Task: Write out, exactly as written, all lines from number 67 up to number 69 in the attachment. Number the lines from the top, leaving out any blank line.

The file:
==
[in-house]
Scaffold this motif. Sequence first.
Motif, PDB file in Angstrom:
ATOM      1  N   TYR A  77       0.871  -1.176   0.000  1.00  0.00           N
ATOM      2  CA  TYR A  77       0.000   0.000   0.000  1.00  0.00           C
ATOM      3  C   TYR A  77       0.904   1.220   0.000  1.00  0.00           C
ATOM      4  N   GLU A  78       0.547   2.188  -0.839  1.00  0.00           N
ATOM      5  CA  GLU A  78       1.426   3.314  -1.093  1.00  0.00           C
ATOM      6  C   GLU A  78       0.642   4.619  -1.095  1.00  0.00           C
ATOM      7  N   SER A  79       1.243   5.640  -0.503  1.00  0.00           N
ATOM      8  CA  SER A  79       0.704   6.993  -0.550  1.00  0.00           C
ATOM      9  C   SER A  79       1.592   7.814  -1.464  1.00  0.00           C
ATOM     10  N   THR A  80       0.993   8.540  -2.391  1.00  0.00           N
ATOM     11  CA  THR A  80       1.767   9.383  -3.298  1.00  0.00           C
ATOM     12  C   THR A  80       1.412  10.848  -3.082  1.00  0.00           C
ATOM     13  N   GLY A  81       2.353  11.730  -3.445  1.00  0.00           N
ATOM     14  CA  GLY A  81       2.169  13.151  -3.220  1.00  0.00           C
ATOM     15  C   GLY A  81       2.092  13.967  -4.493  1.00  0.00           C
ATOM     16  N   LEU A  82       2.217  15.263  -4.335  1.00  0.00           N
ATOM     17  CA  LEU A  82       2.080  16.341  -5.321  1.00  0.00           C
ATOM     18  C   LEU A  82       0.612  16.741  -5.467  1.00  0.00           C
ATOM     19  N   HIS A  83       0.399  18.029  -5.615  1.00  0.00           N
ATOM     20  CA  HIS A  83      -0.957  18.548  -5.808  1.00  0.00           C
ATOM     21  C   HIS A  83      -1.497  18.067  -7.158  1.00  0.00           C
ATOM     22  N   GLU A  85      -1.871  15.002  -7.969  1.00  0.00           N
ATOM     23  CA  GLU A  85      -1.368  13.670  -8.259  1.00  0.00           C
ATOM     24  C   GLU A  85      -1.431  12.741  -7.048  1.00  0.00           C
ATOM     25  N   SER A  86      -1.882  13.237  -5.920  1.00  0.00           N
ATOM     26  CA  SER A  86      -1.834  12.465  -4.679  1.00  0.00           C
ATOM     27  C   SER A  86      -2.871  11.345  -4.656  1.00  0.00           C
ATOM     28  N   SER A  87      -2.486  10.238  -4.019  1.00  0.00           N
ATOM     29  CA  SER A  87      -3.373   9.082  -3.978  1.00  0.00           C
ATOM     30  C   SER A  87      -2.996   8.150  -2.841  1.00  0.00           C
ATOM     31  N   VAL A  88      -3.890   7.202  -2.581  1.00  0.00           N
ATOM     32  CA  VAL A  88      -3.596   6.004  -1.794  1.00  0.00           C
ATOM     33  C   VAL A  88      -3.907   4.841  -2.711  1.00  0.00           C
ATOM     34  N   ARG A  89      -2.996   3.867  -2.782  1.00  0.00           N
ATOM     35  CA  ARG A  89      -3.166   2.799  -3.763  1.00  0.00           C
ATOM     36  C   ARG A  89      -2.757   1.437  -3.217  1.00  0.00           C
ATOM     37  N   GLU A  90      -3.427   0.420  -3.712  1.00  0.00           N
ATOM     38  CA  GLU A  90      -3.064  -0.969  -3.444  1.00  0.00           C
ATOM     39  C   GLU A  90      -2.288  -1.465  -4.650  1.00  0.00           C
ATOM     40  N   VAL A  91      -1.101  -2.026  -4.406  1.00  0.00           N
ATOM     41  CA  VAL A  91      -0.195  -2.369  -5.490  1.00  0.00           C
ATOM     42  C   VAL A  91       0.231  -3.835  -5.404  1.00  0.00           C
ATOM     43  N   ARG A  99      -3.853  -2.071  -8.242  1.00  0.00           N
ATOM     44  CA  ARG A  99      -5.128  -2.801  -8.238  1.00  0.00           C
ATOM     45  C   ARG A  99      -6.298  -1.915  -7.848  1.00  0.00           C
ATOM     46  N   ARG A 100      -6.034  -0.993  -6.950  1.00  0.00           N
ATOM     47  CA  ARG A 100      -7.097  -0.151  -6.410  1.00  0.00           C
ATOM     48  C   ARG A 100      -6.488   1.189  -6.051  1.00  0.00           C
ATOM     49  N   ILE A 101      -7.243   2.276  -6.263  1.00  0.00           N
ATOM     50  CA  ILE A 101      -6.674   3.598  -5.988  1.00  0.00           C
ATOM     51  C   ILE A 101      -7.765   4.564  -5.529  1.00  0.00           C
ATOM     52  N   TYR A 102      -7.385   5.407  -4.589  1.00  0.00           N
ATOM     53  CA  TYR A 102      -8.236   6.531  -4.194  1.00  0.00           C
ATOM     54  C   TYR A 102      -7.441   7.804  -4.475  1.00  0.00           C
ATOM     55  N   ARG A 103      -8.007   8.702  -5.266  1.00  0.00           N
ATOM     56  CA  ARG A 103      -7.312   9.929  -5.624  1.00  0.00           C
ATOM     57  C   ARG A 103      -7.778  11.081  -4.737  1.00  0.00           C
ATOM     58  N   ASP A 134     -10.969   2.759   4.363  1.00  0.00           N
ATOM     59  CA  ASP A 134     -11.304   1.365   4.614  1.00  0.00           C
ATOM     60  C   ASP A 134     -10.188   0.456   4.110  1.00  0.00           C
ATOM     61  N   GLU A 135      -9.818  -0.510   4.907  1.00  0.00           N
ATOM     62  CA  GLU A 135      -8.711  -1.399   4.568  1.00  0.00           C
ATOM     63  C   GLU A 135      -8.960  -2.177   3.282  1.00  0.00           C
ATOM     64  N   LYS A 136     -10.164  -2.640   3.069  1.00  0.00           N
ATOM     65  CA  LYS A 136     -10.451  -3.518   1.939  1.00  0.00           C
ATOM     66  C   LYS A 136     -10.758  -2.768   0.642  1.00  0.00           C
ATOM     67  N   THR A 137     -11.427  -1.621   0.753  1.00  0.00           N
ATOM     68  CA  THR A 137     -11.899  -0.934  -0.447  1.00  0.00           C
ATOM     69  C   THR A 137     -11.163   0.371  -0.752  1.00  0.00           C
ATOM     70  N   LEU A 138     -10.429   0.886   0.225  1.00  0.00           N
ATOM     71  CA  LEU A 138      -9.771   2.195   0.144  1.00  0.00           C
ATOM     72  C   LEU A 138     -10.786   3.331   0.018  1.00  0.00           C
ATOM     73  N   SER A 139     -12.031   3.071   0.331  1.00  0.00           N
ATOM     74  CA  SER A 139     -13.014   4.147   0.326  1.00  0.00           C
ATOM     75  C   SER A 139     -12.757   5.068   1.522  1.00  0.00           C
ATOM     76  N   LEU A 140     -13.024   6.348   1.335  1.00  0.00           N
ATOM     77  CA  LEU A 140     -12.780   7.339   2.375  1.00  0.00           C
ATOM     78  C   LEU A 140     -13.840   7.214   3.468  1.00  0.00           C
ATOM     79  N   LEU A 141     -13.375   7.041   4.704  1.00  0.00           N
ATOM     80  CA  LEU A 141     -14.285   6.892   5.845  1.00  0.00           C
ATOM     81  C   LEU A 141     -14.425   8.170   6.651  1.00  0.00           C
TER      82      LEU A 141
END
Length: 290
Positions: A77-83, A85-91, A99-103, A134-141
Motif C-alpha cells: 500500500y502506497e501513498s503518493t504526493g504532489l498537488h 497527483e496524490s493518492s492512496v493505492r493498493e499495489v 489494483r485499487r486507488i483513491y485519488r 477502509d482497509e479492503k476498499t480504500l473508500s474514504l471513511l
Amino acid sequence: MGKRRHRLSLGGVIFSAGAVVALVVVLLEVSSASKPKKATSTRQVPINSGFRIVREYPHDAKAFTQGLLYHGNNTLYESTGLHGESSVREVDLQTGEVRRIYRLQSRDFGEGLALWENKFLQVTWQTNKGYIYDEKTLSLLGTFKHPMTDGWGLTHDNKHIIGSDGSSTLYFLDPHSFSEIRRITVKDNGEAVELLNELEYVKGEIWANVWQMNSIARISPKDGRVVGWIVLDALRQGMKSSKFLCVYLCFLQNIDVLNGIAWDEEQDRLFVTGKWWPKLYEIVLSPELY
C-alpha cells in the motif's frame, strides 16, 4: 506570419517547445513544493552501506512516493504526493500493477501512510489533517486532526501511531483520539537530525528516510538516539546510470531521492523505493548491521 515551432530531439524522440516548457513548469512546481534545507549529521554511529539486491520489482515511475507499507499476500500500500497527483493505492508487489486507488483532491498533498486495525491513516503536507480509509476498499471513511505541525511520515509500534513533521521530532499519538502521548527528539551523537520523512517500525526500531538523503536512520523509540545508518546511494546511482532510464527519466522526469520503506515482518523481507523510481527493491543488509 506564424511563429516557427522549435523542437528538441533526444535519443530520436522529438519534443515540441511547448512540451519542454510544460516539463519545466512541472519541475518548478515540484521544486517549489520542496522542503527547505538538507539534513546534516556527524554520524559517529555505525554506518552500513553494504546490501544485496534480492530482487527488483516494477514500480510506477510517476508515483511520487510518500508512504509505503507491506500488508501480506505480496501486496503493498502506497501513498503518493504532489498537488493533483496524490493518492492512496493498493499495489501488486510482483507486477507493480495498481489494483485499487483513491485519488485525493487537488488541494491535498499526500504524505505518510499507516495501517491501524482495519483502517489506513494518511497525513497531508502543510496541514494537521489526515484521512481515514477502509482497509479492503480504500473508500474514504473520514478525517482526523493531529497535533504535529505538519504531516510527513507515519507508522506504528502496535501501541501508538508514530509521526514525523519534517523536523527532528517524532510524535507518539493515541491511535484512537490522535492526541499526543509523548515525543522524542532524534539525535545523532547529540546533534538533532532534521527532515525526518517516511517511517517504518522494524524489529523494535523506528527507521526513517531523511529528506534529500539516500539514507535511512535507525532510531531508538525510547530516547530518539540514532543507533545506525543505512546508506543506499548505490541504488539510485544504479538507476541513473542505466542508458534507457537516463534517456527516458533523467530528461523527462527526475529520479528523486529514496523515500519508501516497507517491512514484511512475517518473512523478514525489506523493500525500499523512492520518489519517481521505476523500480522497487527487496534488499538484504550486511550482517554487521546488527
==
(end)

ATOM     64  N   LYS A 136     -10.164  -2.640   3.069  1.00  0.00           N
ATOM     65  CA  LYS A 136     -10.451  -3.518   1.939  1.00  0.00           C
ATOM     66  C   LYS A 136     -10.758  -2.768   0.642  1.00  0.00           C